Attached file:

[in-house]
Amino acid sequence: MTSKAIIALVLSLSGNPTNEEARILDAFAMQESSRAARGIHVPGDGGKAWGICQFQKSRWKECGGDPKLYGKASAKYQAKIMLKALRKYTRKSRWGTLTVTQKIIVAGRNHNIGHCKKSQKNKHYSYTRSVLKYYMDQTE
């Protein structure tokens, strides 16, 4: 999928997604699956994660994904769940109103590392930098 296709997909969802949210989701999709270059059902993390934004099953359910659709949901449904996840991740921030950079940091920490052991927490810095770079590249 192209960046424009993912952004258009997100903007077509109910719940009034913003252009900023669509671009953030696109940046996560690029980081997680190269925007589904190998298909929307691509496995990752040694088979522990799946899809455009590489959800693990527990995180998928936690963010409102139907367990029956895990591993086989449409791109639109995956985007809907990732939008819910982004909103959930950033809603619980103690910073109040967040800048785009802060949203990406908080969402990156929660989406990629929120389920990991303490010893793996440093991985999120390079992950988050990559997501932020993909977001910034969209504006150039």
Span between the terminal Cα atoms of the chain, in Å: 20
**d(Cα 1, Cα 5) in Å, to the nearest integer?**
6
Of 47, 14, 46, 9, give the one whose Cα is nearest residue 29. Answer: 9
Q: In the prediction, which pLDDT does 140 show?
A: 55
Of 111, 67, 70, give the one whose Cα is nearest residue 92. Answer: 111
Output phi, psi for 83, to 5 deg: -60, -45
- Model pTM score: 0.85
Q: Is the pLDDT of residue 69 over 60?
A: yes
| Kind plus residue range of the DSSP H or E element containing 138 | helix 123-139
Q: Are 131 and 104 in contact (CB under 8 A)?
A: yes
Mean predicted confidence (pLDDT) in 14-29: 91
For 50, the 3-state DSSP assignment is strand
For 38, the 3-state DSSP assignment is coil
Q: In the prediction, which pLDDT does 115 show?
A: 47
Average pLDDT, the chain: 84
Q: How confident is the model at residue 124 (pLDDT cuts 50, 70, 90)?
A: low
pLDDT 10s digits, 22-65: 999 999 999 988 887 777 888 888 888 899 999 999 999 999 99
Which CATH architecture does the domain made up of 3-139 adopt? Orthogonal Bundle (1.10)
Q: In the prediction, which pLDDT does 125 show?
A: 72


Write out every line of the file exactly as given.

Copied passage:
[in-house]
Amino acid sequence: MTSKAIIALVLSLSGNPTNEEARILDAFAMQESSRAARGIHVPGDGGKAWGICQFQKSRWKECGGDPKLYGKASAKYQAKIMLKALRKYTRKSRWGTLTVTQKIIVAGRNHNIGHCKKSQKNKHYSYTRSVLKYYMDQTE
């Protein structure tokens, strides 16, 4: 999928997604699956994660994904769940109103590392930098 296709997909969802949210989701999709270059059902993390934004099953359910659709949901449904996840991740921030950079940091920490052991927490810095770079590249 192209960046424009993912952004258009997100903007077509109910719940009034913003252009900023669509671009953030696109940046996560690029980081997680190269925007589904190998298909929307691509496995990752040694088979522990799946899809455009590489959800693990527990995180998928936690963010409102139907367990029956895990591993086989449409791109639109995956985007809907990732939008819910982004909103959930950033809603619980103690910073109040967040800048785009802060949203990406908080969402990156929660989406990629929120389920990991303490010893793996440093991985999120390079992950988050990559997501932020993909977001910034969209504006150039």
Span between the terminal Cα atoms of the chain, in Å: 20
**d(Cα 1, Cα 5) in Å, to the nearest integer?**
6
Of 47, 14, 46, 9, give the one whose Cα is nearest residue 29. Answer: 9
Q: In the prediction, which pLDDT does 140 show?
A: 55
Of 111, 67, 70, give the one whose Cα is nearest residue 92. Answer: 111
Output phi, psi for 83, to 5 deg: -60, -45
- Model pTM score: 0.85
Q: Is the pLDDT of residue 69 over 60?
A: yes
| Kind plus residue range of the DSSP H or E element containing 138 | helix 123-139
Q: Are 131 and 104 in contact (CB under 8 A)?
A: yes
Mean predicted confidence (pLDDT) in 14-29: 91
For 50, the 3-state DSSP assignment is strand
For 38, the 3-state DSSP assignment is coil
Q: In the prediction, which pLDDT does 115 show?
A: 47
Average pLDDT, the chain: 84
Q: How confident is the model at residue 124 (pLDDT cuts 50, 70, 90)?
A: low
pLDDT 10s digits, 22-65: 999 999 999 988 887 777 888 888 888 899 999 999 999 999 99
Which CATH architecture does the domain made up of 3-139 adopt? Orthogonal Bundle (1.10)
Q: In the prediction, which pLDDT does 125 show?
A: 72